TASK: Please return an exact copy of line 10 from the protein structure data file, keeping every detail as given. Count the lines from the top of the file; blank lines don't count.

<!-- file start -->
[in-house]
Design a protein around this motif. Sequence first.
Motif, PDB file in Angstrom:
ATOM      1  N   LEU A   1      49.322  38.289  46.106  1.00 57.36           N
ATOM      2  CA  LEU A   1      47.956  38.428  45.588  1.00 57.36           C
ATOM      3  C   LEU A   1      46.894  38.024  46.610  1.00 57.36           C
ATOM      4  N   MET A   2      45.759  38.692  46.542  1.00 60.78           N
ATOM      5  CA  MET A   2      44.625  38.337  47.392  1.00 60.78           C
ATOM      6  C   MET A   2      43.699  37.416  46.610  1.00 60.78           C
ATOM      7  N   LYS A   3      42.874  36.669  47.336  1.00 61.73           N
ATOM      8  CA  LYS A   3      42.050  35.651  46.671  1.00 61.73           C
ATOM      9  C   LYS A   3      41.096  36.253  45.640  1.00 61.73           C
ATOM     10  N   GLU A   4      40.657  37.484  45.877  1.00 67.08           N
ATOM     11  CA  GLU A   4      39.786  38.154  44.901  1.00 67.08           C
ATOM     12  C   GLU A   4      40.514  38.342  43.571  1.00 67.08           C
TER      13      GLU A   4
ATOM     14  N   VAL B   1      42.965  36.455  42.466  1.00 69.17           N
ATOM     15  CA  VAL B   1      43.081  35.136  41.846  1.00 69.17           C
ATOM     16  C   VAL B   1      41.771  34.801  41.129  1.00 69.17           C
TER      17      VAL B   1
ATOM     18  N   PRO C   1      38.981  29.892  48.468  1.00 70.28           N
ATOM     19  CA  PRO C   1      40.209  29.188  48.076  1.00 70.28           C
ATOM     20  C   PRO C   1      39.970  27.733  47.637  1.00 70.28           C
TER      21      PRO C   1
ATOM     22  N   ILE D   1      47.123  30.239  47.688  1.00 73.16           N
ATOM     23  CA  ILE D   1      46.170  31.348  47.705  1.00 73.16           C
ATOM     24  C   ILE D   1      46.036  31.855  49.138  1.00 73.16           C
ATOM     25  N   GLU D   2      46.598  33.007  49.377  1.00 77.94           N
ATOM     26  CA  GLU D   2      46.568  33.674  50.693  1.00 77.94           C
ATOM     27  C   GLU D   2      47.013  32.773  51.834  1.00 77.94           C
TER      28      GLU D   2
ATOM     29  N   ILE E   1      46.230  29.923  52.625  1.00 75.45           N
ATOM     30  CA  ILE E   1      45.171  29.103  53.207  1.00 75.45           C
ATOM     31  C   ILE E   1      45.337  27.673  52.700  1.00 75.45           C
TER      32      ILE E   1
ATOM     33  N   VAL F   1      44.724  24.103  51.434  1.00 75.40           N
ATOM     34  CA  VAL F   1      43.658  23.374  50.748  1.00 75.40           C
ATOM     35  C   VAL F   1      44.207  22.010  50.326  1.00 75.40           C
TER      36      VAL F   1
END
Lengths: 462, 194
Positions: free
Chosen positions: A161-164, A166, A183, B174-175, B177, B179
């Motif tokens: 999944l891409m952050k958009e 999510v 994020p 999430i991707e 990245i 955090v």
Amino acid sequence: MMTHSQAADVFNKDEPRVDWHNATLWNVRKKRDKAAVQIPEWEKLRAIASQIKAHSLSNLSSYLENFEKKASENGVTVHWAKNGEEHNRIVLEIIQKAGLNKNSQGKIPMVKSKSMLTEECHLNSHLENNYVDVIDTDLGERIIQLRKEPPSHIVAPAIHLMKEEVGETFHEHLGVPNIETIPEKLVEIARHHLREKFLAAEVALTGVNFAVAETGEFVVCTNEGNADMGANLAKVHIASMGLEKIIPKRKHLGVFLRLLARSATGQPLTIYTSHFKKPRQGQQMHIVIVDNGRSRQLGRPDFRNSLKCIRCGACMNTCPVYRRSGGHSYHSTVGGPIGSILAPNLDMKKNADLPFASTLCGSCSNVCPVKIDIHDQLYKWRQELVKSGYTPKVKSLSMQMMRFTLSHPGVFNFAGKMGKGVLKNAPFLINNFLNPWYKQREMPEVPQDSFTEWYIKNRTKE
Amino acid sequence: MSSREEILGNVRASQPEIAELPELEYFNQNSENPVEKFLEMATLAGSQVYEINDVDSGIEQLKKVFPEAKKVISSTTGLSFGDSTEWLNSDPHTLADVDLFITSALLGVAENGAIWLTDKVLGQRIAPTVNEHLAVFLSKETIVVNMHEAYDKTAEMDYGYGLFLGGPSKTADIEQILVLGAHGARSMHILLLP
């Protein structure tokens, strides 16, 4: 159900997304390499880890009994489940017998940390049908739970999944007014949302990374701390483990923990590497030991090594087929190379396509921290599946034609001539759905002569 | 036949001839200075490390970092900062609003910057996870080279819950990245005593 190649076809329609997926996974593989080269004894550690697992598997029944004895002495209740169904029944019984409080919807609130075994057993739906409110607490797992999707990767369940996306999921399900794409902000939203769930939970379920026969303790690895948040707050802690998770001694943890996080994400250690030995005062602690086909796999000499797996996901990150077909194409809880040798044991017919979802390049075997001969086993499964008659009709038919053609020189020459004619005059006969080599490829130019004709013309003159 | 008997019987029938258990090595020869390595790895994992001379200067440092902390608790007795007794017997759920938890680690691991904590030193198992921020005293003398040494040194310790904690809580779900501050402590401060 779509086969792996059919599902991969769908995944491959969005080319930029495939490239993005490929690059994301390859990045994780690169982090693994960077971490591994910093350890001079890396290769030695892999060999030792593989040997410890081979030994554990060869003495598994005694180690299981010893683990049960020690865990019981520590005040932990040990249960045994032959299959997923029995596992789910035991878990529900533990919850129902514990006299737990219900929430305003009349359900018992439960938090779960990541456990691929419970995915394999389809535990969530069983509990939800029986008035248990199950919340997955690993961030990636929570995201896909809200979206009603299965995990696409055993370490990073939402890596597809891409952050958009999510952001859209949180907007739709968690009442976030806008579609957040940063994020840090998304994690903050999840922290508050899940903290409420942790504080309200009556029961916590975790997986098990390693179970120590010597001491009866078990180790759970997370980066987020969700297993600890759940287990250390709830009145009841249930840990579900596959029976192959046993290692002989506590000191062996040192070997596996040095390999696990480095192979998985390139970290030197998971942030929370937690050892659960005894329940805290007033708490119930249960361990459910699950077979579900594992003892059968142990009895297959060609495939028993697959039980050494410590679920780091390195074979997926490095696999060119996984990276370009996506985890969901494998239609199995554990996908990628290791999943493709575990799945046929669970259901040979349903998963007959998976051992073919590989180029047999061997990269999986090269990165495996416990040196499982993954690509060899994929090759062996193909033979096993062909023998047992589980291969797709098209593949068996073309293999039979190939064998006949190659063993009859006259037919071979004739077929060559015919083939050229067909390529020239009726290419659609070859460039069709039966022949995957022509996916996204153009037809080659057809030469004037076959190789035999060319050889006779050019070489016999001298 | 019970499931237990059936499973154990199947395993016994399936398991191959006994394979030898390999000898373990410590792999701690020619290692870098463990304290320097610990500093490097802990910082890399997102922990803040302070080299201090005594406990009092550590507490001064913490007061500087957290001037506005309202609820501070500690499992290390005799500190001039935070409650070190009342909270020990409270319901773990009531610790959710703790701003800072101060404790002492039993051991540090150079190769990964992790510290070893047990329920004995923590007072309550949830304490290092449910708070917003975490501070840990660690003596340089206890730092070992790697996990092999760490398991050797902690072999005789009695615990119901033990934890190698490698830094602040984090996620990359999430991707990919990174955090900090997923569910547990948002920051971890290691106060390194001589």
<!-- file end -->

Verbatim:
ATOM      7  N   LYS A   3      42.874  36.669  47.336  1.00 61.73           N